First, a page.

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Old 16th July 2016
e1-531g e1-531g is offline
ISO Quartermaster
Join Date: Mar 2014
Posts: 612

I don't know if OpenBSD is so a secure system for someone new to Unix-like systems and configuring daemons and need to do something fast and needs various programs not found in base OpenBSD system. Unfortunately OpenBSD does not provide binary updates and security is a process, so one must update constantly because all usable systems (Windows, Gnu/Linux, Android, OS X, OpenBSD etc) have security vulnerabilities.
For professionals or people just wanting to be power users OpenBSD is really good, but if somebody is new and don't have time to learn and maintain I would go for binary Gnu/Linux distro like Debian stable, because it is less time consuming to maintain. Note that even in Debian you need to learn a few things, not type something blind on keyboard or blindly copy-paste from unofficial Internet source and maintain system and do backups etc.
Note that for people using Tor there is a Tails operating system (Gnu/Linux distro), but it is designed to be run as LiveCD, so it is not so good for all use cases.
Anyway I was able to execute I2P on OpenBSD. You should note that I don't use I2P on daily basis, so I don't have much experience.
# is a sign that command is to be launched by root user and $ by normal user.
I have that package:
# pkg_info | grep jre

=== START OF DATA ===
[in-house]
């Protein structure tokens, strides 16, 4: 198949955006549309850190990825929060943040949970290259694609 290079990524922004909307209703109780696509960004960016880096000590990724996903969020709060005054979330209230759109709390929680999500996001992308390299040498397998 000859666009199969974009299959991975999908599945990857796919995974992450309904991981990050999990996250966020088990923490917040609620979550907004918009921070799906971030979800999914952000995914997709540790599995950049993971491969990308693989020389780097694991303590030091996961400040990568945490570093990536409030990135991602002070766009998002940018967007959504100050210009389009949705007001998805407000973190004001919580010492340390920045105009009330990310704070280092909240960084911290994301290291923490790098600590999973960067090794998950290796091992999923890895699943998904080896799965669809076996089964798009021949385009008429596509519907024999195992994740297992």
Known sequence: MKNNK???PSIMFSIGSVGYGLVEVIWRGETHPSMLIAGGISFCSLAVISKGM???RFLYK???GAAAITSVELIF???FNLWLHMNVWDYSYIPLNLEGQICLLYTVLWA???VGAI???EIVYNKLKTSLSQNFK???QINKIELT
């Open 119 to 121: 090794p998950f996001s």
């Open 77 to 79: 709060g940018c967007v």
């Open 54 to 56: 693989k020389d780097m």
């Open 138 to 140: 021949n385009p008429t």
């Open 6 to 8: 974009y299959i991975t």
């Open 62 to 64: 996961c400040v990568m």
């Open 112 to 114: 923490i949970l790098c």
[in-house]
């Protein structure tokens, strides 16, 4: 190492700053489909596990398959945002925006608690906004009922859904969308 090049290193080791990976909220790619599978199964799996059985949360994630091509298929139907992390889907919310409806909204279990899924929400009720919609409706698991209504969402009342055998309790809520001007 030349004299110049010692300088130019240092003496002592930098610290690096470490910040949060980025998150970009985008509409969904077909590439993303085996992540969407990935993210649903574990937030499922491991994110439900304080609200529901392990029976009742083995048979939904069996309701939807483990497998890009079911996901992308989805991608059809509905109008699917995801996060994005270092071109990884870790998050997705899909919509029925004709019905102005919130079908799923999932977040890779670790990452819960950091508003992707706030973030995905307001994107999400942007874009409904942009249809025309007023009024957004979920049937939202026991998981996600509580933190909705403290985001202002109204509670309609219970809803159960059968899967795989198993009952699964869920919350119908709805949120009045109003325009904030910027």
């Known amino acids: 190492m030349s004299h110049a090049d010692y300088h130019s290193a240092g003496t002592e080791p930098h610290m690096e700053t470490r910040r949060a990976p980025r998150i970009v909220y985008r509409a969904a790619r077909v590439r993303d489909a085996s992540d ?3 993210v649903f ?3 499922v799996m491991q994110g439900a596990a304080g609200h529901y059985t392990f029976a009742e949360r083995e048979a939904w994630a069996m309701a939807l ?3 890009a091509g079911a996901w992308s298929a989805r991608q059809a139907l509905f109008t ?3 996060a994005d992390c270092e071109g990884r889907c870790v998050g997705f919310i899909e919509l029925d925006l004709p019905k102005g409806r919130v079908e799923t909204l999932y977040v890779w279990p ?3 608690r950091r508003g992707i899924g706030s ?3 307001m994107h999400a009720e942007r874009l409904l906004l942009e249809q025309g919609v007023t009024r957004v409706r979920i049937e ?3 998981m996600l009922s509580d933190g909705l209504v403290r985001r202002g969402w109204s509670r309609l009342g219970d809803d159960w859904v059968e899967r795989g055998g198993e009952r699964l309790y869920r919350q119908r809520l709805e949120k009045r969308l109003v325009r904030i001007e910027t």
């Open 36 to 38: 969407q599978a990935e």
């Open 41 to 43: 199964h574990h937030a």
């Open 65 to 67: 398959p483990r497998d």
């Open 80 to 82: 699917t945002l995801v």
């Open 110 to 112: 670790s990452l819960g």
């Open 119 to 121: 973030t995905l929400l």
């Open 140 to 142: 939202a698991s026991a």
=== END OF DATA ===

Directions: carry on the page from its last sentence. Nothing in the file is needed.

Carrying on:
jre-    OpenJDK Runtime Environment v1.8.0.72
It was installed by
# pkg_add jre-
I have found binary of Java via command:
# find /usr/local/  | grep -i -e \/java$ -e \/javac$ 1>/wyniki_java.txt
which saves output to file /wyniki_java.txt. File can be printed on screen by:
# cat /wyniki_java.txt  
Based on the general knowledge I know that only last line is useful and directory should be added to PATH environment variable. For adding for this terminal session (temporary, not permanent):
$ export PATH="/usr/local/jre-1.8.0/bin/:${PATH}"
TO check if binary is now accessible by command java I typed:
$ java -version
and this printed me information about version.
Now about executing I2P's installer.
I have downloaded installer for Gnu/Linux which is a jar file I should check by checksum and signing keys if it was not modified during downloading, but I didn't do that.
In terminal I have gone to directory where I downloaded file.
cd /path/where/i/downloaded/jar/
To make sure I am where file is present I used ls command:
$ ls
To install in GUI mode:
$ java -jar i2pinstall_0.9.26.jar
to install in command line mode:
$ java -jar i2pinstall_0.9.26.jar -console
I have installed in i2p directory inside Home directory of my user account. To run one need to go to directory where i2p was installed. In my case:
$ cd ${HOME}/i2p
and issue command:
Now you should be able to access administrative interface via web browser on address:
Signature: Furthermore, I consider that systemd must be destroyed.
Based on Latin oratorical phrase
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